Mike: Gaining an Advantage

With the 2002 season upon us, the question marks surrounding this installment of Carolina Football have all been well documented.

Over the next two days, some of the questions will be answered, some will become more urgent, and new ones will arise. Yet, perhaps the biggest question mark for this year's Tar Heels will be one which has received little, if any, attention from the media: How much impact will the fans in Kenan Stadium have?

Sure, we're wondering about the defensive line and linebackers, but if the same talent and coaching were placed in a program with a strong reputation for an intimidating home field advantage, how would the pundits be evaluating the Heels' chances this year?

Before the season, most evaluations of the ACC penciled Florida State back in as #1 and Duke in their familiar last place. The only real debate on the Devils concerned whether they would beat hapless Navy. In between the top and bottom spots there were many theories, but a general agreement that most anything could happen.

Knowing this, and looking at how most of Carolina's rivals for positions in the upper half of the league are scheduled visitors in Chapel Hill, I can't help but wonder how Carolina would be evaluated if people were looking at Kenan Stadium as something more than a beautiful place to watch a football game.

The games which will decide the success or failure of this season are, as my colleague Andrew Jones loves to say – "Among the Pines." Yet, we don't hear about Miami (Ohio) players talking about how tough it is to play at Kenan Stadium. I am all for creating a pleasant atmosphere for watching a game, but let's not allow our guests to get too comfortable. The simple fact of the matter is that if Chapel Hill was known for loud, enthusiastic cheering, Carolina would most likely be picked at or around the top of the league this year on the basis of home field schedule.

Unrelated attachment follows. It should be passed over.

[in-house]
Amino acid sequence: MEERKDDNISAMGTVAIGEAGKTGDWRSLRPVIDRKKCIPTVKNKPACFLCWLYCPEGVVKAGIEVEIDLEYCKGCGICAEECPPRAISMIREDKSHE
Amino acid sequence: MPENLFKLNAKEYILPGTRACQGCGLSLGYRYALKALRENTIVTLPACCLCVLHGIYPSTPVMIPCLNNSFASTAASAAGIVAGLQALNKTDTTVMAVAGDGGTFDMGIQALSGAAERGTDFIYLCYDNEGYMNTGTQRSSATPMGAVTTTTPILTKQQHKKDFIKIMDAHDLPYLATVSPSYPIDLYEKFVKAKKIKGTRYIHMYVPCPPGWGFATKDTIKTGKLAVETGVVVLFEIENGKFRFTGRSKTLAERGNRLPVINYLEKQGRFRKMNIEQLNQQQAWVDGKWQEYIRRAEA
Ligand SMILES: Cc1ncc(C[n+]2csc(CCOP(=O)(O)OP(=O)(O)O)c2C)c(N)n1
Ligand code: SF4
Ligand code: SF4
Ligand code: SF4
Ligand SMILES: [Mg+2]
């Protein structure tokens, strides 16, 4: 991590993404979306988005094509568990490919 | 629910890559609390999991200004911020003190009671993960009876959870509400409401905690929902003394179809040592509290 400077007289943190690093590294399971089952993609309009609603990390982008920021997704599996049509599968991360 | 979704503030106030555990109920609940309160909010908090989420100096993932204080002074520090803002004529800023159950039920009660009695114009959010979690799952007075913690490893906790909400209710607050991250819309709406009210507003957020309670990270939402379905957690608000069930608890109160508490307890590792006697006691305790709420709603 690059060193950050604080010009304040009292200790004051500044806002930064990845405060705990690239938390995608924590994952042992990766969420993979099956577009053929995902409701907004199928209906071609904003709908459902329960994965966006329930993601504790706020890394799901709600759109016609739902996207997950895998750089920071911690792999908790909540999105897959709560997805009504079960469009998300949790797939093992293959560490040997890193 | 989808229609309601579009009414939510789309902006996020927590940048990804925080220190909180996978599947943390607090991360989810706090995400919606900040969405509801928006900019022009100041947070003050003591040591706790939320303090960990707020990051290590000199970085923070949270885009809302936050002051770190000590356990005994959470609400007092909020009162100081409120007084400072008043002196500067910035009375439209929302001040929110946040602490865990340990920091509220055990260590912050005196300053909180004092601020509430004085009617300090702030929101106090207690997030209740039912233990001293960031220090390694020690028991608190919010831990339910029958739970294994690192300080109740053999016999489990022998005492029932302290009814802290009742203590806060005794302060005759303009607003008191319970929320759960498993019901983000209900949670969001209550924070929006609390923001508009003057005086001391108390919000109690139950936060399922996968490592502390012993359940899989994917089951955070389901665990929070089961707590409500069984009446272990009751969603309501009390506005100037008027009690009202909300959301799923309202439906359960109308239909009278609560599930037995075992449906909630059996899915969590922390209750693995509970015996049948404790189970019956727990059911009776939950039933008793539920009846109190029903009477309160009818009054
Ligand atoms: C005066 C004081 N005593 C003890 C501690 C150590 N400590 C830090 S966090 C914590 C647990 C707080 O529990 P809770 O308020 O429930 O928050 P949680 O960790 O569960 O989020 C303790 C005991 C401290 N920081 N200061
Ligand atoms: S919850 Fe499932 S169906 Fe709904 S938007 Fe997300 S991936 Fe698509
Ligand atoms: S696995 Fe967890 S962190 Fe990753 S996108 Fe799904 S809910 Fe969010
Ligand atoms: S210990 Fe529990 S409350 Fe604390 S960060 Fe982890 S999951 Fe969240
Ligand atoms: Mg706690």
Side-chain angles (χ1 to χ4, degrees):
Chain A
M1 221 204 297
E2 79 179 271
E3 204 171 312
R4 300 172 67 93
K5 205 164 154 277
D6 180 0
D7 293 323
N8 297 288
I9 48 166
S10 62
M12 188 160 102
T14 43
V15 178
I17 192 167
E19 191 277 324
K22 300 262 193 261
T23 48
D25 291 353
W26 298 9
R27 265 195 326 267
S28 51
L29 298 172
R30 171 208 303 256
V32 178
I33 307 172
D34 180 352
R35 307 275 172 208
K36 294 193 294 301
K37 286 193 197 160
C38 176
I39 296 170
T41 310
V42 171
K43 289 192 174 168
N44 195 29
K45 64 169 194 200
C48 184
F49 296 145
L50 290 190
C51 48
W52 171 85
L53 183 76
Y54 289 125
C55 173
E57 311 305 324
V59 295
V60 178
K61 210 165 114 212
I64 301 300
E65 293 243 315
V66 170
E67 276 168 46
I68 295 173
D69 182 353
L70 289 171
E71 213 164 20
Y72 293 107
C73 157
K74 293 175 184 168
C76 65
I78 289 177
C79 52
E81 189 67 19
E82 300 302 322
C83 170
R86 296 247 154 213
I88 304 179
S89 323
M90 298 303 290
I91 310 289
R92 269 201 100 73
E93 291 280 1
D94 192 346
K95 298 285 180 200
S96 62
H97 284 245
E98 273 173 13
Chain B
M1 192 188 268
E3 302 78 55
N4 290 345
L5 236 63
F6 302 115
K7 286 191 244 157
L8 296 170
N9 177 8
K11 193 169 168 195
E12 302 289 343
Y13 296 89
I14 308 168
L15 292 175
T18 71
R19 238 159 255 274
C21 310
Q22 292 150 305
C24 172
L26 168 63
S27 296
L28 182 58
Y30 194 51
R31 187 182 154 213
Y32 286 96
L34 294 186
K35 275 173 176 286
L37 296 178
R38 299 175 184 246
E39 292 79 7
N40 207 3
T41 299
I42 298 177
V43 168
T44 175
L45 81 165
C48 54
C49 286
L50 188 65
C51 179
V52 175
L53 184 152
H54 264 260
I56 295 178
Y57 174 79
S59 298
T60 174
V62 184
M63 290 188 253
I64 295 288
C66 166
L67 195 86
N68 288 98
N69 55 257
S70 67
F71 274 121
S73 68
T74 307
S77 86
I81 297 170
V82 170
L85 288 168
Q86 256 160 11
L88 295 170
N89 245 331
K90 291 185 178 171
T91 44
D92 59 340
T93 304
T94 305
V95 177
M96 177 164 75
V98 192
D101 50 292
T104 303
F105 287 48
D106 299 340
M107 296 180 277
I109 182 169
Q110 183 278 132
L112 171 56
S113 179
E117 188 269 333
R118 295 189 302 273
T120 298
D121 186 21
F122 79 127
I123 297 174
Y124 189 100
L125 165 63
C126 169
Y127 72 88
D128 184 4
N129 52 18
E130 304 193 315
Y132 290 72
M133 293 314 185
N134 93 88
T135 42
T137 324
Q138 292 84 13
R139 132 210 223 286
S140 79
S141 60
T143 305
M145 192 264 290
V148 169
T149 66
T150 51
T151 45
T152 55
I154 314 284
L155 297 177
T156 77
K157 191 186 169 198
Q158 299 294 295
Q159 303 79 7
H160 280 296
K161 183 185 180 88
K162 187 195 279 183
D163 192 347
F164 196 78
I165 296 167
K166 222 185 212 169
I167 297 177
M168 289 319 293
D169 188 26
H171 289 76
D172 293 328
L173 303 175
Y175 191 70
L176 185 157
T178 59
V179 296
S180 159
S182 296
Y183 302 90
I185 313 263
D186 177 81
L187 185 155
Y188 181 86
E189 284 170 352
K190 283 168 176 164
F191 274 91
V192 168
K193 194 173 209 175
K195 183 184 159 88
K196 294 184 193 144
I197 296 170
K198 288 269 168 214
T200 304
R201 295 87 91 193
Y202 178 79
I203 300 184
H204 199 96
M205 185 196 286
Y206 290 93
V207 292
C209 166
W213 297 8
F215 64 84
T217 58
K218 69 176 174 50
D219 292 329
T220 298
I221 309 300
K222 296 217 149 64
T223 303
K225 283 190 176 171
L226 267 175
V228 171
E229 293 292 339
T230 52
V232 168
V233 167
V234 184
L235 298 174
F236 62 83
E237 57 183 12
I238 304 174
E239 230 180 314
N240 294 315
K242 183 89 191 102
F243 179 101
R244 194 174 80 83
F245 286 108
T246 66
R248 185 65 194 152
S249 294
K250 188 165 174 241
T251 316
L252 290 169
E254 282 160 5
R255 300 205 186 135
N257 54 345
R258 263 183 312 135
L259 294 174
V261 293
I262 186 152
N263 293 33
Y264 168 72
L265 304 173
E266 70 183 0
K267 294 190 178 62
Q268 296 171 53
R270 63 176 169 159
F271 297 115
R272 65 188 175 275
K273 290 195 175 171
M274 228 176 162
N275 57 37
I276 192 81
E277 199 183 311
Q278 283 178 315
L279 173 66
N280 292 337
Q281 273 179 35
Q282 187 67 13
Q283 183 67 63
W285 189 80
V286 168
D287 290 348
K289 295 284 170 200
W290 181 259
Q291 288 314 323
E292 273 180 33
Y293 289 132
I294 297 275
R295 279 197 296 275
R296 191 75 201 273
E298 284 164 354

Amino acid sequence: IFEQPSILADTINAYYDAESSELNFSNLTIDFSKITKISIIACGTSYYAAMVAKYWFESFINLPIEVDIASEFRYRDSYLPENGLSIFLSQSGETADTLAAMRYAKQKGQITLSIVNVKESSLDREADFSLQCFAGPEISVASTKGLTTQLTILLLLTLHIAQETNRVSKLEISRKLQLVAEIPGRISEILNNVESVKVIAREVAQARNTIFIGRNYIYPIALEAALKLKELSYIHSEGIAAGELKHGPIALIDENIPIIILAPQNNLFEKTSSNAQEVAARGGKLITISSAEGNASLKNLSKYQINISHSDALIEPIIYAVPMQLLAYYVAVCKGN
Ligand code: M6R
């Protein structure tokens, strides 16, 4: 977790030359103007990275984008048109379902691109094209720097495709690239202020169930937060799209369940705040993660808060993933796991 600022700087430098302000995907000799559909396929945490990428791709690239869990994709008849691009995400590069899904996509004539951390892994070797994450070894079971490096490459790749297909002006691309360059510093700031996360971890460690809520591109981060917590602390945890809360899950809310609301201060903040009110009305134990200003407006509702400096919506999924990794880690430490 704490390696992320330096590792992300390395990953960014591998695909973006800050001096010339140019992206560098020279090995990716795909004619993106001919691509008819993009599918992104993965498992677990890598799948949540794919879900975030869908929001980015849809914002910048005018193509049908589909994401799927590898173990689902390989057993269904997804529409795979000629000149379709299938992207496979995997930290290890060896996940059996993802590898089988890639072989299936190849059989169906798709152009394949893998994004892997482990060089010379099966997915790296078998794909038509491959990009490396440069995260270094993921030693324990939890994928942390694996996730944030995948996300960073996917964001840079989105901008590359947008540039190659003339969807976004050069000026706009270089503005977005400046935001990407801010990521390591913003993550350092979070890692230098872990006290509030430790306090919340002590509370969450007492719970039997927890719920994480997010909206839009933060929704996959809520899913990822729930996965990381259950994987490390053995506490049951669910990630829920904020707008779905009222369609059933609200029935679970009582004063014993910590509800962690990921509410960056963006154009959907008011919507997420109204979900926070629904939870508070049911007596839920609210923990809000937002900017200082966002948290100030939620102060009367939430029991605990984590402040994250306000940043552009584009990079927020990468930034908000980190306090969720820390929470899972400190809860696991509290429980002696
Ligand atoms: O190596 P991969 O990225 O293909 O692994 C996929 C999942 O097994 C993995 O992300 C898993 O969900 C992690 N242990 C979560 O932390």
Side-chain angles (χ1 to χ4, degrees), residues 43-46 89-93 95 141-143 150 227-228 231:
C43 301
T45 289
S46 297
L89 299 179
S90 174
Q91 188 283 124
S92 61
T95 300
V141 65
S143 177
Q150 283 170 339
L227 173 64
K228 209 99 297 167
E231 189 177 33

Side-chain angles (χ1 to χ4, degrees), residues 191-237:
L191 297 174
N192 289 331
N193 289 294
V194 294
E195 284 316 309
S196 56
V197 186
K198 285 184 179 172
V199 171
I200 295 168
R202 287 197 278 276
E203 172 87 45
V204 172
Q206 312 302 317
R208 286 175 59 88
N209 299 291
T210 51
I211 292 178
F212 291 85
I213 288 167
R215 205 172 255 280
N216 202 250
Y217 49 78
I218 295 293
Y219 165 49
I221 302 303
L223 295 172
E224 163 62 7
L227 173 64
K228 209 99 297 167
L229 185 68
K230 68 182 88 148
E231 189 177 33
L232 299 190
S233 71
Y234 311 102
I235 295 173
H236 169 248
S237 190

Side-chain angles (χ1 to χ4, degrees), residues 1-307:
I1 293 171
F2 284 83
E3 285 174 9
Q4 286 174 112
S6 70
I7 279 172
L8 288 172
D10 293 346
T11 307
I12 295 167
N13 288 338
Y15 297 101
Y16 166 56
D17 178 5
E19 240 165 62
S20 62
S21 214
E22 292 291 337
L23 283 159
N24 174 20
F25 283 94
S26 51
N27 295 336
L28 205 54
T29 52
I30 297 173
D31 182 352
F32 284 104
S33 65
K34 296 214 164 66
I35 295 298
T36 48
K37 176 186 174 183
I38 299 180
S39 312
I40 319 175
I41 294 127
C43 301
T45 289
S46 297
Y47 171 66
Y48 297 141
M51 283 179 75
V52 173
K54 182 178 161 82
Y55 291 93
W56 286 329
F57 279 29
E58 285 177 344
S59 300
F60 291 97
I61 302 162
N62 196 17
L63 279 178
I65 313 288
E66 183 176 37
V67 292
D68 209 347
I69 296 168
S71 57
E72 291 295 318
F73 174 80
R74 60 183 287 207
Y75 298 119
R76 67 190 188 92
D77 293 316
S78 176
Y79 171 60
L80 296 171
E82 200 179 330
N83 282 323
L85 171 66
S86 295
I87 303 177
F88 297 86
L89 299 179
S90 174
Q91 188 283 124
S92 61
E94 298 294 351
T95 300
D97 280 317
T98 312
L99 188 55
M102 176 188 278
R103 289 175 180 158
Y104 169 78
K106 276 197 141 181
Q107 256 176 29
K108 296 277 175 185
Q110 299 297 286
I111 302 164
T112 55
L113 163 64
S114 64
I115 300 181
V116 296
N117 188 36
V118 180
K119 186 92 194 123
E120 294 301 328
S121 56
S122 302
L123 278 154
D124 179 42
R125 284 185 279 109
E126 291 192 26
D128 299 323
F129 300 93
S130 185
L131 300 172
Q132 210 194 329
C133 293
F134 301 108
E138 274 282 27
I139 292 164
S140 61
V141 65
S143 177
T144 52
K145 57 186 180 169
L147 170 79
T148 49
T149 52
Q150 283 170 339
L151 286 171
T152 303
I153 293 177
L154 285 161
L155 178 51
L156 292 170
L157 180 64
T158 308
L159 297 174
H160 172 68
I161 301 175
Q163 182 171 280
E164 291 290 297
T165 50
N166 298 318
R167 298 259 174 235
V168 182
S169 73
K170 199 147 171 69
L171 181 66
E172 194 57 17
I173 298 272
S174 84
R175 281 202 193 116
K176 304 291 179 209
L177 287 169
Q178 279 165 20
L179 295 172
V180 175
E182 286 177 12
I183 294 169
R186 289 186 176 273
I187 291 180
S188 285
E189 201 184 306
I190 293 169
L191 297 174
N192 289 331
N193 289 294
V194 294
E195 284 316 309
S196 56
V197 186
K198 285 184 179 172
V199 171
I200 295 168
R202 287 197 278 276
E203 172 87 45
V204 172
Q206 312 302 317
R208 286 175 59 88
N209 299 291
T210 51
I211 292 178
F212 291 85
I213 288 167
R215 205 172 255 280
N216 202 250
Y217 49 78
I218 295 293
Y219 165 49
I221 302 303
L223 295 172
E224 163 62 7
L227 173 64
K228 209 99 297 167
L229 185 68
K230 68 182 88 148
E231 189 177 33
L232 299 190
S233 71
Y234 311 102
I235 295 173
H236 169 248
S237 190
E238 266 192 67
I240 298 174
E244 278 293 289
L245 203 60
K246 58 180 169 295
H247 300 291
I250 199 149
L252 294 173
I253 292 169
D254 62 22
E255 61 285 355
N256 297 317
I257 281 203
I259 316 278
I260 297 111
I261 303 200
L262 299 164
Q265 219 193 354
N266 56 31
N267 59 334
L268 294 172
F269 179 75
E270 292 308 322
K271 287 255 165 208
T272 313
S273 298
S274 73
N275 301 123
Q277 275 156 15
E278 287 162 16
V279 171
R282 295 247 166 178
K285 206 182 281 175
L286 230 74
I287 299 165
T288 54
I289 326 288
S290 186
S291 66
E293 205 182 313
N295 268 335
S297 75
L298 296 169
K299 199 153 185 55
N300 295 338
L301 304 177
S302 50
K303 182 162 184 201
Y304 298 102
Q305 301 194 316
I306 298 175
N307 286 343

When John Bunting came to Chapel Hill, he knew he had work to do in winning the hearts and minds of the players and the fans. Immediate improvements were seen in strength and conditioning under the tutelage of coach Jeff Connors, and the results were seen almost immediately on the field. Bunting also went to work on changing the culture of Carolina Football, which is where the fans come in.

The ship seems to be effectively turned around on the field and the challenge must now be met in the stands. Untested lineman and linebackers might play way above their heads if being spurred on by 60,000 blue-clad maniacs in the bleachers. They might not, but most would agree that it is much more likely with the push of the masses than without.

Fans can help in making Kenan Stadium an unpleasant place for Tar Heel opponents to play and visit. Not in the sense that opposing teams' players have cause to dodge flying liquor bottles or their fans must worry about belligerent drunks in the parking lot. (Note, I am only against the belligerent drunks in the parking lot.) Fans need to get to the point where Chapel Hill and "tough place to play" become thoughts which occur in almost the same synapse.

Imagine the irony of the house that Mack expanded aided in derailing his best shot at a National Championship – it would be kind of like getting shot with his own gun, don't you think? A loud and enthusiastic crowd won't supply victory, especially if the team on the field doesn't have the goods, but it certainly can help make the difference in a game where every small advantage helps.

It is indeed time for Tar Heels everywhere to put their mouths where their money is – and Answer the Bell.

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